COLLEGE PARK — A total of $296,041 in funding from the National Science Foundation (NSF) was awarded for a collaborative project between the University of Maryland College Park, Montgomery College and Prince George’s Community College to train Science, Technology, Engineering and Math (STEM) educators on Aug. 7.

Congressmen Steny H. Hoyer announced the funding (MD-05) along with Anthony Brown (MD-04) and Jamie Raskin (MD-08) and Senators Ben Cardin (D-MD) and Chris Van Hollen (D-MD).

“Passionate,well-prepared teachers are crucial to our students’ success,” the senators and congressmen said in a joint statement. “We need educators who can champion STEM learning and engage our students on these important subjects.

“This funding will foster an essential partnership between three of Maryland’s great institutions of higher education and will bolster our state’s efforts to recruit and train STEM teachers,” they continued.

“In Congress, we will continue working on expanding resources for STEM education and on ensuring our students and teachers have the tools they need to succeed.”

The joint venture allows the schools to push for three different initiatives when it comes to STEM educators, encouraging students to consider a career as a STEM teacher, increasing awareness of STEM teaching as an option and creating pathways from community college courses into university STEM teacher preparation programs.

The idea originally started through the University of Maryland’s Terrapin Teachers program where its mission is to increase the number of science and math teachers they produce to address the local and national shortage of STEM educators, said Terrapin Teachers Associate Director Anisha Campbell.

“The University of Maryland had a secondary STEM certification pathway that transformed in 2014 because we took all the Uteach model that originated at UT Austin,” Campbell said. “Once we did that, we’ve been working on increasing our numbers of STEM teachers that we produce each year.”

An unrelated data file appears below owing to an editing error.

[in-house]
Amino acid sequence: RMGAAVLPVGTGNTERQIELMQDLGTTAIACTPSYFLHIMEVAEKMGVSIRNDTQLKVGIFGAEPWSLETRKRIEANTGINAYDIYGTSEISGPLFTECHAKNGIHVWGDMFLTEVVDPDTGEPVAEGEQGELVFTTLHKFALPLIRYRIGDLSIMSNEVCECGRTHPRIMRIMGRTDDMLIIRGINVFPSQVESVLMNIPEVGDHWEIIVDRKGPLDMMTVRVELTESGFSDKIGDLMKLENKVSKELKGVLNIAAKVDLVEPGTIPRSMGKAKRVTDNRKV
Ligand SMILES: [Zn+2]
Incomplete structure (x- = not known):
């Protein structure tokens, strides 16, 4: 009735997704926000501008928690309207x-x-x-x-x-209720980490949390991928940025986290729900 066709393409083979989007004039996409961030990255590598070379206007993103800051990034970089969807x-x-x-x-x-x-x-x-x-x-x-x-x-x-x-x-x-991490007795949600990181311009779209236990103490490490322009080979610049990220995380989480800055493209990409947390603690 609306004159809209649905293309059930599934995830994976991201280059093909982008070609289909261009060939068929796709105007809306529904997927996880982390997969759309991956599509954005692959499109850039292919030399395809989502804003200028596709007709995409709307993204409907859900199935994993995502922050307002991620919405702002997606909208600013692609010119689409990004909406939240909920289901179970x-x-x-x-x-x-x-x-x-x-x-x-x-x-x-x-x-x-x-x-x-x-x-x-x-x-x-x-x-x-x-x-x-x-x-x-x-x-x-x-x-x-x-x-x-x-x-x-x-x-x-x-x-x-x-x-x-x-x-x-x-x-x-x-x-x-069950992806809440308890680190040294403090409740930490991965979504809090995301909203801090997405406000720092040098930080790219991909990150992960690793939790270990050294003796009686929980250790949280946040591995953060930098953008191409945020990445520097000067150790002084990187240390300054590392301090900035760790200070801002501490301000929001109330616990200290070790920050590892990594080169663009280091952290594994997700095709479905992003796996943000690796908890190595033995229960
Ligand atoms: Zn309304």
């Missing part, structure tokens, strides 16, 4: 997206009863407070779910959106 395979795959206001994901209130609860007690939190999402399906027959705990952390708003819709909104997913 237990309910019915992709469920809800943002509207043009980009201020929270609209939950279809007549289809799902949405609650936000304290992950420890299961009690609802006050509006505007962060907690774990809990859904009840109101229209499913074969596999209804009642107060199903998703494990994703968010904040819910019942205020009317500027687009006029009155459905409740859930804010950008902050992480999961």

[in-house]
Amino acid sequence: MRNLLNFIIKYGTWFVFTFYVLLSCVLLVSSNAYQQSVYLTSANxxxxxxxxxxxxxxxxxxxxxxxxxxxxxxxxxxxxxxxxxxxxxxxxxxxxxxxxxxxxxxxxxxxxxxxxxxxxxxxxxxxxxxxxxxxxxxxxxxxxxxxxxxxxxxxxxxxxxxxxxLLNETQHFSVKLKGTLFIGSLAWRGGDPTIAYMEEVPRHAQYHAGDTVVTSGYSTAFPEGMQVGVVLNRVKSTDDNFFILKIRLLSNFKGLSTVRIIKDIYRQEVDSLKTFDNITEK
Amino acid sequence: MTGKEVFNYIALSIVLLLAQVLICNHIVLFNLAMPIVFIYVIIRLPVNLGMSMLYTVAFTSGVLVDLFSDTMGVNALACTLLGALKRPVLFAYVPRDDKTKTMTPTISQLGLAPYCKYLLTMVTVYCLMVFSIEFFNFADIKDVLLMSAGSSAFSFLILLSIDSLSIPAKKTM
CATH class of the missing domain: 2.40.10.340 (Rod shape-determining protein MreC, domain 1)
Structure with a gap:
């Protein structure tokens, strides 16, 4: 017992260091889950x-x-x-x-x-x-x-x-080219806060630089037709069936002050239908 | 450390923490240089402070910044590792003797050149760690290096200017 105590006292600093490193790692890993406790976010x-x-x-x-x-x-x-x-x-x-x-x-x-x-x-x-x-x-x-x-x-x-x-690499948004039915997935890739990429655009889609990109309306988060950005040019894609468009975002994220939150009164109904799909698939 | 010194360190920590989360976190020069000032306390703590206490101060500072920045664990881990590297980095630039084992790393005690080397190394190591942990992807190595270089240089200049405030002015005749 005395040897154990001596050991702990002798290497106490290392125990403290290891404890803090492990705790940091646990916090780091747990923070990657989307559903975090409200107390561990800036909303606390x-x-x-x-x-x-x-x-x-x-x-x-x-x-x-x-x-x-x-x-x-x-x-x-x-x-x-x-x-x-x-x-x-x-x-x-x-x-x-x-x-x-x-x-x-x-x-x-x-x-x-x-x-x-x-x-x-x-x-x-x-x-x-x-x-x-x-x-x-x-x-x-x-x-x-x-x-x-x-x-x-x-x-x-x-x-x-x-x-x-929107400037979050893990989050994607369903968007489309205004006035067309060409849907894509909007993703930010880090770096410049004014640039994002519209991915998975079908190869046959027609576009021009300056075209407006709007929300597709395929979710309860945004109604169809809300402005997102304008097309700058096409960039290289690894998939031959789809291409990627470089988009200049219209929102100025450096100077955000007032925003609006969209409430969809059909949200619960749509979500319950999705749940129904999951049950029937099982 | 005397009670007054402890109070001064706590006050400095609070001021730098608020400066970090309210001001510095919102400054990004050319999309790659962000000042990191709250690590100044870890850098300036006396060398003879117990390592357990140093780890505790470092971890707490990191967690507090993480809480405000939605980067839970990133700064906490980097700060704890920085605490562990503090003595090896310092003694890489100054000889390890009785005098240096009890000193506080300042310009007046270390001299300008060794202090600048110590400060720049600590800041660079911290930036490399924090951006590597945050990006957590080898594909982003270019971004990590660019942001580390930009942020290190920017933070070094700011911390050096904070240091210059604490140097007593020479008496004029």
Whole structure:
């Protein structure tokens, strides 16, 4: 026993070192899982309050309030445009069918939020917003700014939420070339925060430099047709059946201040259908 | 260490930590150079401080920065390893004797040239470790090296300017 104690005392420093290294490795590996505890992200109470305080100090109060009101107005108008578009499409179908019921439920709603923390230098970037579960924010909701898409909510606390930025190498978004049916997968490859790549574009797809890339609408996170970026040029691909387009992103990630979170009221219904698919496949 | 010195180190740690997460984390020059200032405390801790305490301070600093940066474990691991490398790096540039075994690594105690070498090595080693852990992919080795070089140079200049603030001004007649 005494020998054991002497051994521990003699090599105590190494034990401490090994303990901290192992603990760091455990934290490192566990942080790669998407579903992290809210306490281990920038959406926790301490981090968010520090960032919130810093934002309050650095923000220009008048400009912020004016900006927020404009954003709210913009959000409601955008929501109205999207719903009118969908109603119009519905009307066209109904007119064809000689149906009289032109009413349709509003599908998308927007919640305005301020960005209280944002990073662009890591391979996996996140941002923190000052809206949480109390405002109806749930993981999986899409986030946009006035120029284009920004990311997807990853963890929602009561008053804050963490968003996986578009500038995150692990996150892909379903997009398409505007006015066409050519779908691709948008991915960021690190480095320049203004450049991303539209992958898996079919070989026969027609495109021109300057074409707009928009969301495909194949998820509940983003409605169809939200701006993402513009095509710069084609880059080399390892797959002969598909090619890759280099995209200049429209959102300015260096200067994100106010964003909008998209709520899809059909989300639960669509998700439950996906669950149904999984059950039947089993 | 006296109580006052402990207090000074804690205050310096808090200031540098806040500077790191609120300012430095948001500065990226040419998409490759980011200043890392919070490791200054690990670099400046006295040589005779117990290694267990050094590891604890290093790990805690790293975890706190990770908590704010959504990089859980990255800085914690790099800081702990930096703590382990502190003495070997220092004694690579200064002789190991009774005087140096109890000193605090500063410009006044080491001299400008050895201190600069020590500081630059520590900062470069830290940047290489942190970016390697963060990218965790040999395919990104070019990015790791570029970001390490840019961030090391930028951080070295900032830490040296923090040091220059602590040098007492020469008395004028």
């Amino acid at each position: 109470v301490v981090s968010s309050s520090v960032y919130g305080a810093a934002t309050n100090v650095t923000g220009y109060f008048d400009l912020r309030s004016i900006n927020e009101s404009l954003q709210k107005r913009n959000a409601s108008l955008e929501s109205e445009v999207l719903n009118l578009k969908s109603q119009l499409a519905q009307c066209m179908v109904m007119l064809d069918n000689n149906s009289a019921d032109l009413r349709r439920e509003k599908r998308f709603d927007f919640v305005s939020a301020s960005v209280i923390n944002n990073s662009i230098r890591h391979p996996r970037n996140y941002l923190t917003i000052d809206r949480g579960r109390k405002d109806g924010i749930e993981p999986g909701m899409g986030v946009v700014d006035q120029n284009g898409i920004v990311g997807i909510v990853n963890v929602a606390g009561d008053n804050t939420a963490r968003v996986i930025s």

At the University of Maryland, they offer Terrapin Teachers introductory recruitment courses for STEM education majors at Montgomery College and Prince George’s Community College, which serves as an introduction to STEM education.

The Terrapin Teachers program targets undergraduates, people who are changing careers and paraprofessionals.

The school also assists the community college students in making the transfer to UMD when they decide to pursue STEM education.

At Montgomery College, they offer several programs that students interested in STEM education can get involved in, including Early College for High School Math Teachers and Learning Assistants for STEM math educators.

“The need for qualified STEM secondary level teachers continues to be great, and we are optimistic that these efforts will expand our pipeline from Montgomery College to the teaching field,” said Montgomery College Professor of Mathematics and Director of Teacher Education Partnerships Deborah Poese.

A national issue, particularly in STEM education, the current teacher shortage has been caused primarily by layoffs during the Great Recession, a growing student population and fewer people enrolling in teacher preparation programs, says the Learning Policy Institute.

Factors such as wages, working conditions and attrition rates also contribute to the shortage, although they vary by state. Schools in high-poverty and high-minority locations are especially affected.

In the STEM field, 42 states plus Washington, D.C. reported a shortage in mathematics teachers during the 2015-2016 school year and 40 states and the District reported a shortage in science.

According to the U.S. Department of Education, Maryland reported teacher shortages in the subjects of computer science, mathematics, physics and chemistry during the 2016-2017 school year.

UMD has a goal of producing 40 STEM teachers per year and currently graduate just over 20 of them. Campbell pointed to misinformation about the teaching profession as one of the reasons that people are less likely to become STEM teachers such as low salary.

Part of the STEM education program includes making changes in the mindset of the teachers and how they teach their classes to make a lasting change in how the subjects are taught in schools. At the Terrapin Teachers program, one of the main things they try to stress is inquiry-based lessons.

They also incorporate looking at  equity, diversity and social justice in the classroom.

(0) comments

Welcome to the discussion.

Keep it Clean. Please avoid obscene, vulgar, lewd, racist or sexually-oriented language.
Don't Threaten. Threats of harming another person will not be tolerated.
Be Truthful. Don't knowingly lie about anyone or anything.
Be Nice. No racism, sexism or any sort of -ism that is degrading to another person.
Be Proactive. Use the 'Report' link on each comment to let us know of abusive posts.
Share with Us. We'd love to hear eyewitness accounts, the history behind an article.